Diamonds Are Forever (James Bond #7)

51vv0zaruil._sx450_sy635_sclzzzzzzz_Diamonds Are Forever
My rating: 2.5 out of 5 stars

The sixth and final official appearance of the man who made the character famous came after his replacement left the franchise resulting in the studio demanding Sean Connery’s return for Diamonds Are Forever. The film based on the fourth Ian Fleming novel and the seventh in the overall film franchise was a good adaptation but it’s uneven pacing and poor plotting created unfortunate swansong for the original James Bond.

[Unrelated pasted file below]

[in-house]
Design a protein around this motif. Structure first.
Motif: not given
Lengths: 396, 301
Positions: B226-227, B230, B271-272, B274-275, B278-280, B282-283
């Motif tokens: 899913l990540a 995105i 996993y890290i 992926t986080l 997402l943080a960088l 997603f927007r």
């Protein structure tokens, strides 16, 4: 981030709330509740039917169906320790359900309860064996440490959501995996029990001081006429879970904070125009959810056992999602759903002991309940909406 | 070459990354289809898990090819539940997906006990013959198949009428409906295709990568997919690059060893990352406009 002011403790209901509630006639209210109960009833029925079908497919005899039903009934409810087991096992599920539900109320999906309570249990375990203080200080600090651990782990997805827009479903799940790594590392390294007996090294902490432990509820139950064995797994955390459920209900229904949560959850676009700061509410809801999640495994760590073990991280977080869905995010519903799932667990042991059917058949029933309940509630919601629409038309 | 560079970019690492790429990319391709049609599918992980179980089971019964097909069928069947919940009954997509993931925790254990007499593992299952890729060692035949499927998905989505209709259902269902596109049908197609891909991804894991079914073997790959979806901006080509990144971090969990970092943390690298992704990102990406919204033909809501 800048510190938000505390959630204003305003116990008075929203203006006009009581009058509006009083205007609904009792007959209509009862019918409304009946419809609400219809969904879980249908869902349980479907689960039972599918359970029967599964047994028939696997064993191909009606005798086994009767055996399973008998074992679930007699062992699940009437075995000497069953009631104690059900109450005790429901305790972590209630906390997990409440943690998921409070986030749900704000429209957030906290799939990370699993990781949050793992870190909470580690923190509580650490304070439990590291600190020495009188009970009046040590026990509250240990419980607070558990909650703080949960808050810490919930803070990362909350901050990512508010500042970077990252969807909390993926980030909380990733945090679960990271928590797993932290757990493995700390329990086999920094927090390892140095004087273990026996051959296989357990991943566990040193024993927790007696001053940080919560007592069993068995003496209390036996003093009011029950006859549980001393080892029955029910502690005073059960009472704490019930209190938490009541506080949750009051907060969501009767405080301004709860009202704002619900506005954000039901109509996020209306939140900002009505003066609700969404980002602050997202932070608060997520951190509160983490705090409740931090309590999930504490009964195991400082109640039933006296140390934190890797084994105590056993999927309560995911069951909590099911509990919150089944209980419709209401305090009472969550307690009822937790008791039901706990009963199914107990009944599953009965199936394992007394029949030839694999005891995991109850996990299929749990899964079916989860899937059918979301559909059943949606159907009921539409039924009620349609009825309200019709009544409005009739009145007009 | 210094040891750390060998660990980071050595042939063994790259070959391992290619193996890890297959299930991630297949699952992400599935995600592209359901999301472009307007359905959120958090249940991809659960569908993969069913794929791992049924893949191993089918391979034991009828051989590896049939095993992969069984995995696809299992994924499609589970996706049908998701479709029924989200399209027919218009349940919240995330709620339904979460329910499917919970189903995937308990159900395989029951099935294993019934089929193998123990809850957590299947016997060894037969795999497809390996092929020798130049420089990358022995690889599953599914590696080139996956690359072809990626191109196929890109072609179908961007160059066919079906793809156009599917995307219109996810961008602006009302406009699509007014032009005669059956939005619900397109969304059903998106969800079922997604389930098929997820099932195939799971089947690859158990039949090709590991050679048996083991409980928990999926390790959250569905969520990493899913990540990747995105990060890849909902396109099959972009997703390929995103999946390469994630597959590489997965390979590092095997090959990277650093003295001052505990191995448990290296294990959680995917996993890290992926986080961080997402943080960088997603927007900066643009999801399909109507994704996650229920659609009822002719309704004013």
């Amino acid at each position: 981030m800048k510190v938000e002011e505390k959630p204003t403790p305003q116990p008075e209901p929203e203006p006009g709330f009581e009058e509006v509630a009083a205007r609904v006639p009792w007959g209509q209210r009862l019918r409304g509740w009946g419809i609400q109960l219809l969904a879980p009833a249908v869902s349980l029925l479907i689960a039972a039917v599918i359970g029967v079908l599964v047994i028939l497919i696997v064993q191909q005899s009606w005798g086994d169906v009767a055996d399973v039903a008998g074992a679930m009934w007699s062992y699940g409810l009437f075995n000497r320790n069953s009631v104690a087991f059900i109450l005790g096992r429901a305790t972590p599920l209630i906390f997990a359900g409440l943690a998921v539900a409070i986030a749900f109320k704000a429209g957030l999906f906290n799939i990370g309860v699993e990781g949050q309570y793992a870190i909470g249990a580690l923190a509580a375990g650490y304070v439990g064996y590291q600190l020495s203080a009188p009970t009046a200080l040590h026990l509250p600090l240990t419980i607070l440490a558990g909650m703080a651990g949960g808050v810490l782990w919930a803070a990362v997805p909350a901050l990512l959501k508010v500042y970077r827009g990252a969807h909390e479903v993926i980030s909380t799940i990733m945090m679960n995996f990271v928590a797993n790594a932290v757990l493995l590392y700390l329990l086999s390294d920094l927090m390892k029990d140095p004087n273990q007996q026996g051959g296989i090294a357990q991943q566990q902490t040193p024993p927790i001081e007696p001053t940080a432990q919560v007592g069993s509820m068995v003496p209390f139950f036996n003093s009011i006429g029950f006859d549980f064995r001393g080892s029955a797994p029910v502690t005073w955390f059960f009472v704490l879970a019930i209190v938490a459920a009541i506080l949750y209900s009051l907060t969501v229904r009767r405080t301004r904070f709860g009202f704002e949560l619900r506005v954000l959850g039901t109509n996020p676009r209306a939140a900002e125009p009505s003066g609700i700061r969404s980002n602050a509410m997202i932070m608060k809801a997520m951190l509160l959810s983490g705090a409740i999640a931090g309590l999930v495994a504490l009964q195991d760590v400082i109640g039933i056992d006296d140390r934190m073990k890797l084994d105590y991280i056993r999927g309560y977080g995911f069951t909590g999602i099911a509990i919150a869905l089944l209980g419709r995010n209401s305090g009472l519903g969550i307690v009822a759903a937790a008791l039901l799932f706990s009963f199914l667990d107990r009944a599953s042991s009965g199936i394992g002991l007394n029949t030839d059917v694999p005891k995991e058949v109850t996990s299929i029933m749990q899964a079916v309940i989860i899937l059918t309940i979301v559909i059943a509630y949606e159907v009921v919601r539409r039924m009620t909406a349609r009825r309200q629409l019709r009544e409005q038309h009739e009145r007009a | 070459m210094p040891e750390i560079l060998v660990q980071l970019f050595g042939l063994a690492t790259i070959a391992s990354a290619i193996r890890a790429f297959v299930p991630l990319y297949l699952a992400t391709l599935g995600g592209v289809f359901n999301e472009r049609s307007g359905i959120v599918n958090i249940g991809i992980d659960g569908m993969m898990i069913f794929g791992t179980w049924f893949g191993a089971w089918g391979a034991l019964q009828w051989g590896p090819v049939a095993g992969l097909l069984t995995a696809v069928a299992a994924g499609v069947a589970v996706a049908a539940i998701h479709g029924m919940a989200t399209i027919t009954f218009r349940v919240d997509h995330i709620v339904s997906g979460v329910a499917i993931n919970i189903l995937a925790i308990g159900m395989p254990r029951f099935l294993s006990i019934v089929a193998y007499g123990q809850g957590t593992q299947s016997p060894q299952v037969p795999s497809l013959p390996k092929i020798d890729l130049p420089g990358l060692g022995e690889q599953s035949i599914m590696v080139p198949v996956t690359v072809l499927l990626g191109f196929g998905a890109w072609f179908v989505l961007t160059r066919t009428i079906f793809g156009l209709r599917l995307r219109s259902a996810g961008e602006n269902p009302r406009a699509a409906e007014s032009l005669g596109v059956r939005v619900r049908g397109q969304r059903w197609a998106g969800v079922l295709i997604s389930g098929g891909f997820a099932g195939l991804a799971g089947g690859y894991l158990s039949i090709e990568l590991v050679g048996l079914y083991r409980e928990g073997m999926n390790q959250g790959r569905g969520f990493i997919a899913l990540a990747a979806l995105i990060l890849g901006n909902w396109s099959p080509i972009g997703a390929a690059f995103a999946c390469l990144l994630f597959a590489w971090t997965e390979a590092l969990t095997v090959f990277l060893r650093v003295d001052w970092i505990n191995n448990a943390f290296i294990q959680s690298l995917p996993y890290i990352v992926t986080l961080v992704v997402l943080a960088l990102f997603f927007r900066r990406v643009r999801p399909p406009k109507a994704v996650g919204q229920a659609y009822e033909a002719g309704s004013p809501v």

After a worldwide pursuit, James Bond finds Ernst Stavro Blofeld at a facility were “look-alikes” were being surgically created killing a test subject and the “real” Blofeld in superheated mud. Once his revenge mission is complete, M assigns Bond to investigate a diamond smuggling ring beginning in South Africa and going through Amsterdam to an unknown destination. As Bond takes the place of smuggler Peter Franks, assassins Mr. Wint and Mr. Kidd are shown meeting and killing successive handlers of the diamonds including the last in Amsterdam. Bond-as-Franks meets Tiffany Case who’ll give him the diamonds and the destination when the real Franks shows up forcing Bond to kill him and switching IDs with him. Case and he then fly to Los Angeles with the diamonds in the real Franks’ corpse with Wint & Kidd also on the plane, but on arrival Bond and the CIA switch the diamonds to fakes before the mob-owned funeral home employees pick up the casket and travel with Bond to Las Vegas. Franks’ body is cremated to secure the diamonds and Bond is paid only to be attacked by Wint & Kidd but saved by the mob runner because they found out the diamonds were fake. The mob runner is a comedian at The Whyte House, owned by the young eccentric Willard Whyte, but Bond gets there after Wint & Kidd who were only told the diamonds were fake after doing the job. Going to his room, Bond’s pick up for the night is thrown out the window by the mob and he’s left alone with Tiffany for the night. Bond sends Tiffany to Circus Circus to retrieve the diamonds, but she escapes her CIA tail. However, Bond is waiting for her along with the corpse of his pick up the night before who was mistaken for Tiffany by Wint & Kidd. Tiffany and Bond go to the next drop off and follow the diamonds to just outside the Whyte House and then to a Whyte science research facility that Bond gets into and then races out of with security on his tail. After escaping security, Bond and Tiffany escape a six-vehicle car chase with the sheriffs’ department before Bond infiltrates the penthouse of The Whyte House to find Blofeld and one of his doubles. Bond kills the double but is knocked out and given over to Wint & Kidd who dispose him in a sewer pile that is buried by a construction crew. Bond disables the wielding machine and gets out of the sewer piles by a manhole opened by technicians there to repair it then tricks Blofeld in revealing where Whyte is being held and after fighting his “jailers” gets the eccentric billionaire released. Whyte helps Bond and CIA figure out that Blofeld has created a laser satellite weapon to blackmail the superpowers—white lying to the pacifist scientist who helped him—as well as the location Blofeld is controlling the satellite, an oil rig off Baja. Bond drops in on the rig and his shown around by Blofeld, but his attempt to switch computer tapes fails. Yet Bond had signaled the U.S. Army to attack the rig and in the chaos traps Blofeld in his escape sub then crashed it into the control room to blow up the rig and kill the satellite. Bond and Tiffany decide to cruise back to London, but Wint & Kidd attempt to kill them only to be finished off by Bond.